Silly question about a process

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# 1  
Old 10-21-2007
Silly question about a process

I know its kinda silly but I've seen the texts consider one side - a thread executes and finishes its task but I was wondering what will happen if the process dies when the thread is still under execution... I somehow think that the thread will continue execution but am backing off from the fact that a thread shares the data and code of a process... If the process dies then there shouldn't be any data or code and so logically speaking (if there's logic that is Smilie ) there shouldn't be a thread... I seem to be going round in circles... What happens in reality?

And while reading further, I read about multithreading and that was just fine... But when it came to creating a distinction even between threads - user level threads and kernel level threads... I was somewhat not feeling comfortable... As a matter of analogy, if I think as a webbrowser having threads at the user level, it might be serving the user load a page at the same time loading an image in the background, then how can I think of kernel level threads as?
# 2  
Old 10-22-2007
The POSIX model has threads executing within the context of a process. Then a process starts it automatically has one thread executing, the one that calls main. When exit is called the entire process and all threads contained evaporate.

A kernel thread means that the kernel has integral support for threads, some threading libraries implement threads entirely within user space of a process and can work on a non-threaded kernel.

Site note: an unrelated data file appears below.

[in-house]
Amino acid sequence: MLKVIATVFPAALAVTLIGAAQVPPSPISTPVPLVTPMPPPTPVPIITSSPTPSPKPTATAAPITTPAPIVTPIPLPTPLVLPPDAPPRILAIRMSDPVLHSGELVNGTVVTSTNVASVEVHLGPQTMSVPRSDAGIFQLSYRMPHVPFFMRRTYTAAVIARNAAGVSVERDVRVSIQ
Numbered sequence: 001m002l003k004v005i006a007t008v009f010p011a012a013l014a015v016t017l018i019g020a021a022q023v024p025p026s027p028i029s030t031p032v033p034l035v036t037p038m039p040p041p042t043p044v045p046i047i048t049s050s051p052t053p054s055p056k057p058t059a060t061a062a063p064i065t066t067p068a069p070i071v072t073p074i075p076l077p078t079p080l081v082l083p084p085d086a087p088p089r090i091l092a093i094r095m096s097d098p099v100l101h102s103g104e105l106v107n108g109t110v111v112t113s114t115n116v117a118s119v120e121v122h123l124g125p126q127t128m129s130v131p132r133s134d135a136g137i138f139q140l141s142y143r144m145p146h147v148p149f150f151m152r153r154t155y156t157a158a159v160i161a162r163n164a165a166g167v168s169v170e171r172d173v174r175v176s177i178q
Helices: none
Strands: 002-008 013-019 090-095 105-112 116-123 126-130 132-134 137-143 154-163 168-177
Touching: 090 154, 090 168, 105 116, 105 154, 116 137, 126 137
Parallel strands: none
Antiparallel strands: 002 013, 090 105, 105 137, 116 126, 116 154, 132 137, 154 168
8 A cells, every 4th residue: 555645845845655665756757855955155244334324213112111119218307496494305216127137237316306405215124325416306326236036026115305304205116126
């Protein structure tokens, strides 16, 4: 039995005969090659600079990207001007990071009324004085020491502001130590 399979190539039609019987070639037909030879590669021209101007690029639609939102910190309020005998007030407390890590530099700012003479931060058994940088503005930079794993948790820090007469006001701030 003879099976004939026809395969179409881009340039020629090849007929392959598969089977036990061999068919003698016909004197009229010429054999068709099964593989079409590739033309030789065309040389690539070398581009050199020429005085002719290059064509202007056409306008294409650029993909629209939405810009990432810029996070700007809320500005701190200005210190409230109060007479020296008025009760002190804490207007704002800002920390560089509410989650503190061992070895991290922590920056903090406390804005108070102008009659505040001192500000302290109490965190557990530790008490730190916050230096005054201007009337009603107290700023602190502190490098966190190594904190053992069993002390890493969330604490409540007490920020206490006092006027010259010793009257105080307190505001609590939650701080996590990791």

There are pros and cons of each, but most UNIX operating systems now support threads at the kernel level to the kernel can manage the scheduling. With user-space threads, the process itself must manage the scheduling of threads.
# 3  
Old 10-22-2007
Alright, that clears up some misconceptions that I had... So am I right in assuming that there can never be a situation where we might require the threads of a process after killing a process?
# 4  
Old 10-22-2007
Originally Posted by Legend986
So am I right in assuming that there can never be a situation where we might require the threads of a process after killing a process?
Threads aren't really visible outside of a process and are internal implementation details.

If you require a thread after the process containing it has died then you have a design problem.
# 5  
Old 10-26-2007
Oh now I see... So the thread is something that pertains only to the process that it belongs to and no other process can inherit it...

As I keep reading I'm getting some real dumb doubts... I don't understand the difference between User Semaphores and Kernel Semaphores... Do they differ only based on where they are implemented...? In that case, I was wondering if two threads of the same process could be synchorinzed using a kernel semaphore if the threads themselves are implemented by a kernel.. I feel that kernel threads should never need semaphores while if they are being implemented at the user level, they can be synchronized using kernel semaphores...

I'm a little confused now so if there was any mistake, kindly correct me....
# 6  
Old 10-26-2007
There are two type of threads.

1. Kernel threads, implemented by the kernel, synchronisation is performed by the kernel.

2. User threads, the kernel knows nothing about the threads hence no need for kernel semaphores, only user semaphores are needed.

As a programmer, if you use the an API such as pthreads you do not care whether the threads are implemented by the kernel or by a user library.
# 7  
Old 10-26-2007
Ok understood... So to boil it down, when the process is in the user space, only we as the programmer can synchronize them using "semaphores that are implemented in the user space" And because the kernel has no idea about the threads that are going on in the user space, we cannot use kernel semaphores... On the other side, threads implemented at the kernel level can be synchronized using kernel semaphores... Am I right?

As a programmer, if you use the an API such as pthreads you do not care whether the threads are implemented by the kernel or by a user library.
Yeah... Now my questions seem outdated I guess... Smilie
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